We spend most of our time dealing with the most insistent issues, with the goals we've accepted, and with the questions already asked. Most of us spend very little time dealing with issues less insistent, goals unstated, or questions not asked. That things are as they are makes sense, until we question this way of setting priorities. Would we find a more important goal, a more pressing issue or a more unsettling question if we actually gave it a little thought?
Usually, the answer is 'Yes.' Usually, if we actually looked at where we're putting our energy, we'd put it somewhere else. Here are some reasons why we don't question our priorities more often.
- Some goals and ways of doing things are inherited from our predecessors. We might or might not be able to change those goals, but we rarely consider whether we can. Are there any inherited goals or processes that you could change? If you don't have the power to change them, have you sought that power?
- Habit determines much of what we do routinely. We travel to work in the same way, we eat the same lunches, and we socialize with the same people. How would life be different if we made different choices now and then? What new ideas might come our way?
- Sometimes we avoid the issues less insistent, the goals unstated, or the questions not asked because we fear what might happen if we examined them. Taking up a new issue can feel overwhelming. Abandoning a goal of long standing can feel like failure. Asking a new, unsettling question can create chaos. But all this has happened before, and life went on, often in a better direction. Isn't fear a problem in itself?
- Either Usually, if we actually looked
at where we're putting our
energy, we'd end up putting
it somewhere elsefrom past experience, or because of messages from others, or from fatigue, we conclude that the chances of progress are so slim that we don't even look at issues less insistent, or goals unstated, or questions not asked. Usually, there's at least one thing we could do — one thing that we really do have the power to change, if only we would do it. What's your one thing?
- We all have lots to do. Most of us feel we have no time to look for more to do. But the truth is that we don't have time not to, because looking for issues less insistent, or goals unstated, or questions not asked is the only way to be sure our priorities are right.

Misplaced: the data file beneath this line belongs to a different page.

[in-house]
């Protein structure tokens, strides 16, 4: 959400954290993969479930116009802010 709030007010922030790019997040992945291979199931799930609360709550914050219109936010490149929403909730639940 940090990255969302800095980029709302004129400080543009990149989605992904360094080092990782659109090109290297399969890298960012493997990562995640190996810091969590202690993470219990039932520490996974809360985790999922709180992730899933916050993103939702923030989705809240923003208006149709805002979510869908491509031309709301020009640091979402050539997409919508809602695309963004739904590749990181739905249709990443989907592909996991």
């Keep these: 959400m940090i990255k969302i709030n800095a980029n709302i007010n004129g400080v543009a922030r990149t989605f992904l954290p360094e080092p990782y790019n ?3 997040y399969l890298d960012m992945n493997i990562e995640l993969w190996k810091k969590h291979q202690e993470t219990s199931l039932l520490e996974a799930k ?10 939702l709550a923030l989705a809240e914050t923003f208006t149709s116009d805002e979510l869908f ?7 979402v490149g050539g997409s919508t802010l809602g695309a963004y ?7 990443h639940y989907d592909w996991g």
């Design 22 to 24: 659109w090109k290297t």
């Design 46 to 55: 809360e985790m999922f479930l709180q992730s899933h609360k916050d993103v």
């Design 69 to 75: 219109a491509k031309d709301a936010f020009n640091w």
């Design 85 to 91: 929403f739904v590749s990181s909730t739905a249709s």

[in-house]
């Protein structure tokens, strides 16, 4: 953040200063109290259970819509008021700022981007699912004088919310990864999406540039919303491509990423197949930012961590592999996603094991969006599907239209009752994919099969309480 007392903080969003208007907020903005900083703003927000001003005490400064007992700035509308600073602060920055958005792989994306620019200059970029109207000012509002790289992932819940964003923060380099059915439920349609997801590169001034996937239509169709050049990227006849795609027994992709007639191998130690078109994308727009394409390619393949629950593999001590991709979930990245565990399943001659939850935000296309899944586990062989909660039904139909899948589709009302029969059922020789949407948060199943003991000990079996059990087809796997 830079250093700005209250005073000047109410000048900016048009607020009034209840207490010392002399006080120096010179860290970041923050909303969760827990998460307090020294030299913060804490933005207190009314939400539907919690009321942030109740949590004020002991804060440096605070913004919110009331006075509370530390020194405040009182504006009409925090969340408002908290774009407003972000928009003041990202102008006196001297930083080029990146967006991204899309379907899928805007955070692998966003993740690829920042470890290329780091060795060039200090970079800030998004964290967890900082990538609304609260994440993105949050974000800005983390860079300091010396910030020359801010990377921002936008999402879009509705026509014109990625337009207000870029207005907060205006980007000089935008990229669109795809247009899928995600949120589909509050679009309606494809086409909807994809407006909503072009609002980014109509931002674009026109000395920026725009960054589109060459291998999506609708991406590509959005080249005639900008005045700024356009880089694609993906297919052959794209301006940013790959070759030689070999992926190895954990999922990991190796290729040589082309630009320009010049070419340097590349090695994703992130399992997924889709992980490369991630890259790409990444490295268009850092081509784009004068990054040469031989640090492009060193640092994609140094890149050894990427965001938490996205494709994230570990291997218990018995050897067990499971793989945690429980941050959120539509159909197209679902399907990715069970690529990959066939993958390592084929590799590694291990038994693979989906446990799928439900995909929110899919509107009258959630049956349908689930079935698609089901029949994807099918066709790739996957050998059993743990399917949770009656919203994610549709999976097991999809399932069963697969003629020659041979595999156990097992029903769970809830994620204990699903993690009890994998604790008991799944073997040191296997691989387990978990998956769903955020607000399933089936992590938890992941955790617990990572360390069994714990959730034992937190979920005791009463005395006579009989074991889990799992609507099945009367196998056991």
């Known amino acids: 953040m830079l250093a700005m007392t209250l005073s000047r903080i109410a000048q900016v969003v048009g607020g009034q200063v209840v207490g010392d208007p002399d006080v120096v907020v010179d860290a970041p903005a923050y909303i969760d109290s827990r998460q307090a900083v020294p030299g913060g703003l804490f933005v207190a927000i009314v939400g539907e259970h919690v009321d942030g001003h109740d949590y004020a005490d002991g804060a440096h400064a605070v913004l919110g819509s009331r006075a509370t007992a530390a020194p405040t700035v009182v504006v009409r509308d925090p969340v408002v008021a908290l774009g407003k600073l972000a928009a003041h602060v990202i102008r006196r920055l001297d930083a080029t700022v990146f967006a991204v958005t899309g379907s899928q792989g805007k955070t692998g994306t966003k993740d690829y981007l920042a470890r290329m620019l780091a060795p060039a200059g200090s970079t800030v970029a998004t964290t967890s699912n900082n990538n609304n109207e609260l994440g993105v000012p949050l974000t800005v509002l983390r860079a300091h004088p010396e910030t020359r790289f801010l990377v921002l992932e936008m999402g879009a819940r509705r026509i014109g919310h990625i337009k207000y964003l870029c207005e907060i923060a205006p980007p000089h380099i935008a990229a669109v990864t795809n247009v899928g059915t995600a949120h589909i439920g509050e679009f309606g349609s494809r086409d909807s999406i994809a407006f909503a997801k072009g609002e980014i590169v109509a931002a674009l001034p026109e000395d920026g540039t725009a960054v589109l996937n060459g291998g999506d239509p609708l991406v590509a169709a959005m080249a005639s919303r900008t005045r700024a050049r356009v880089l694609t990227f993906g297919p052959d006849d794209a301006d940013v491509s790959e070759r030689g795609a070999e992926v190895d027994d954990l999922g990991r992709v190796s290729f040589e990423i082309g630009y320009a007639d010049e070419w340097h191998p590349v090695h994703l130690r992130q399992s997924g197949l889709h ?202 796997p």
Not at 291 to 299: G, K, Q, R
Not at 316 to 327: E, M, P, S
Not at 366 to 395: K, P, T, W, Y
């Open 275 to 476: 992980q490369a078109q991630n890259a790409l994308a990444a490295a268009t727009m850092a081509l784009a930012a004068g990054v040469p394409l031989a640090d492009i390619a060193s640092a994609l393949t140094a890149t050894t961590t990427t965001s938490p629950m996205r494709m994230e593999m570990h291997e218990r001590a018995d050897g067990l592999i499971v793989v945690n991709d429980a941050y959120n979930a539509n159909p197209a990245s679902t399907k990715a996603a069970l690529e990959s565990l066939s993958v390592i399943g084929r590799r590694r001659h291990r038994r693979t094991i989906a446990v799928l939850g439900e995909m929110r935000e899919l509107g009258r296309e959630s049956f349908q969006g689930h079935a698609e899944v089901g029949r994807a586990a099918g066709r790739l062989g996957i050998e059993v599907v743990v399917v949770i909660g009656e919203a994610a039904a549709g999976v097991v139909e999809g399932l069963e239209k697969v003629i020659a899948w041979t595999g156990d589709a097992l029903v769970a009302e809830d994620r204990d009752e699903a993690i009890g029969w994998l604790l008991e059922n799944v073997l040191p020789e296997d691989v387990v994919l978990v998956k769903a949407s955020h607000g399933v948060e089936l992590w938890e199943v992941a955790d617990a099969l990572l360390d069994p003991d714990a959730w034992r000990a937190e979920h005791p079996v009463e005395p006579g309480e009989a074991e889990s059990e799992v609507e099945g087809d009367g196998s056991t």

Some of these patterns affect you more than others. To discover which ones are your favorites, watch for missed opportunities. If you track which patterns kept you from the path to progress, you can learn which patterns affect you most. Or maybe you're just too busy for that. Top Next Issue
Is every other day a tense, anxious, angry misery as you watch people around you, who couldn't even think their way through a game of Jacks, win at workplace politics and steal the credit and glory for just about everyone's best work including yours? Read 303 Secrets of Workplace Politics, filled with tips and techniques for succeeding in workplace politics. More info
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Forthcoming issues of Point Lookout
- Coming May 29: Newtonian Blind Alleys: II
- Some of our decisions don't turn out well. The nature of our errors does vary, but a common class of errors is due to applying concepts from physics originated by Isaac Newton. One of these is the concept of spectrum. Available here and by RSS on May 29.
- And on June 5: I Could Be Wrong About That
- Before we make joint decisions at work, we usually debate the options. We come together to share views, and then a debate ensues. Some of these debates turn out well, but too many do not. Allowing for the fact that "I could be wrong" improves outcomes. Available here and by RSS on June 5.
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Beware any resource that speaks of "winning" at workplace politics or "defeating" it. You can benefit or not, but there is no score-keeping, and it isn't a game.